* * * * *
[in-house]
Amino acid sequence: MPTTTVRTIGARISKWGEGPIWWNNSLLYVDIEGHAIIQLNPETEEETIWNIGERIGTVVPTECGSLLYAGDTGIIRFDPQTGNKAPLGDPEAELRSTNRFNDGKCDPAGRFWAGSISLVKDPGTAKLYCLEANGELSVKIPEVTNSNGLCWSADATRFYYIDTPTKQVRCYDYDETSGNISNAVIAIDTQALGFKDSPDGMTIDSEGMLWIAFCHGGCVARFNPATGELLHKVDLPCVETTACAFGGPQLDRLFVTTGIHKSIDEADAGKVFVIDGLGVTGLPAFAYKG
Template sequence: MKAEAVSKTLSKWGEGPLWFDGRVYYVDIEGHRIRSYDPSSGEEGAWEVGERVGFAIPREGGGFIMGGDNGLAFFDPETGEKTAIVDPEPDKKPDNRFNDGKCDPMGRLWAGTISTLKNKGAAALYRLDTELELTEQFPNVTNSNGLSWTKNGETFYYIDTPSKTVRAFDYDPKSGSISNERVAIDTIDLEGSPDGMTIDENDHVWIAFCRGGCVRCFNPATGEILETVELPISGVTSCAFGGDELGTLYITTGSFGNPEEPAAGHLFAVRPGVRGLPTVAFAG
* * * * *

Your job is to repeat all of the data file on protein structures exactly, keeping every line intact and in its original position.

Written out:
[in-house]
Amino acid sequence: MPTTTVRTIGARISKWGEGPIWWNNSLLYVDIEGHAIIQLNPETEEETIWNIGERIGTVVPTECGSLLYAGDTGIIRFDPQTGNKAPLGDPEAELRSTNRFNDGKCDPAGRFWAGSISLVKDPGTAKLYCLEANGELSVKIPEVTNSNGLCWSADATRFYYIDTPTKQVRCYDYDETSGNISNAVIAIDTQALGFKDSPDGMTIDSEGMLWIAFCHGGCVARFNPATGELLHKVDLPCVETTACAFGGPQLDRLFVTTGIHKSIDEADAGKVFVIDGLGVTGLPAFAYKG
Template sequence: MKAEAVSKTLSKWGEGPLWFDGRVYYVDIEGHRIRSYDPSSGEEGAWEVGERVGFAIPREGGGFIMGGDNGLAFFDPETGEKTAIVDPEPDKKPDNRFNDGKCDPMGRLWAGTISTLKNKGAAALYRLDTELELTEQFPNVTNSNGLSWTKNGETFYYIDTPSKTVRAFDYDPKSGSISNERVAIDTIDLEGSPDGMTIDENDHVWIAFCRGGCVRCFNPATGEILETVELPISGVTSCAFGGDELGTLYITTGSFGNPEEPAAGHLFAVRPGVRGLPTVAFAG